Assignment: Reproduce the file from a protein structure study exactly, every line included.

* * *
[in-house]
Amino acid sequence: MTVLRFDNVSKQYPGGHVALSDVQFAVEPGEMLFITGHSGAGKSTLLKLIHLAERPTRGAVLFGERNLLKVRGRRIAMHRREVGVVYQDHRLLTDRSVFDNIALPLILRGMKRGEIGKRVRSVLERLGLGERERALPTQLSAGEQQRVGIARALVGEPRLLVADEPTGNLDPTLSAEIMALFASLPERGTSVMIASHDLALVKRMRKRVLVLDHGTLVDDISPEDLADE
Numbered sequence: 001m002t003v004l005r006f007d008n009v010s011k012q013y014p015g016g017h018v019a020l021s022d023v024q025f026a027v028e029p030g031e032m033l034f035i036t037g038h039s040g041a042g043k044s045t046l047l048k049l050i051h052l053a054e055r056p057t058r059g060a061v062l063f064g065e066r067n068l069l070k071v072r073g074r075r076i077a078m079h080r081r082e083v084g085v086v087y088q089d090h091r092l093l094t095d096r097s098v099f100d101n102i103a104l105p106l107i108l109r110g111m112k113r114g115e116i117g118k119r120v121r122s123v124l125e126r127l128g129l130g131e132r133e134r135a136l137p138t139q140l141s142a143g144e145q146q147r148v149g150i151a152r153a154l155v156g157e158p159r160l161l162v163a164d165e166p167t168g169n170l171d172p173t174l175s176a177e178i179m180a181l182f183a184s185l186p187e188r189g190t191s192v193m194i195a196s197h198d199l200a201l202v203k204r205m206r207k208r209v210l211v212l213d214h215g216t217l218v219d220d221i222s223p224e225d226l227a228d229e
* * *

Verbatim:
[in-house]
Amino acid sequence: MTVLRFDNVSKQYPGGHVALSDVQFAVEPGEMLFITGHSGAGKSTLLKLIHLAERPTRGAVLFGERNLLKVRGRRIAMHRREVGVVYQDHRLLTDRSVFDNIALPLILRGMKRGEIGKRVRSVLERLGLGERERALPTQLSAGEQQRVGIARALVGEPRLLVADEPTGNLDPTLSAEIMALFASLPERGTSVMIASHDLALVKRMRKRVLVLDHGTLVDDISPEDLADE
Numbered sequence: 001m002t003v004l005r006f007d008n009v010s011k012q013y014p015g016g017h018v019a020l021s022d023v024q025f026a027v028e029p030g031e032m033l034f035i036t037g038h039s040g041a042g043k044s045t046l047l048k049l050i051h052l053a054e055r056p057t058r059g060a061v062l063f064g065e066r067n068l069l070k071v072r073g074r075r076i077a078m079h080r081r082e083v084g085v086v087y088q089d090h091r092l093l094t095d096r097s098v099f100d101n102i103a104l105p106l107i108l109r110g111m112k113r114g115e116i117g118k119r120v121r122s123v124l125e126r127l128g129l130g131e132r133e134r135a136l137p138t139q140l141s142a143g144e145q146q147r148v149g150i151a152r153a154l155v156g157e158p159r160l161l162v163a164d165e166p167t168g169n170l171d172p173t174l175s176a177e178i179m180a181l182f183a184s185l186p187e188r189g190t191s192v193m194i195a196s197h198d199l200a201l202v203k204r205m206r207k208r209v210l211v212l213d214h215g216t217l218v219d220d221i222s223p224e225d226l227a228d229e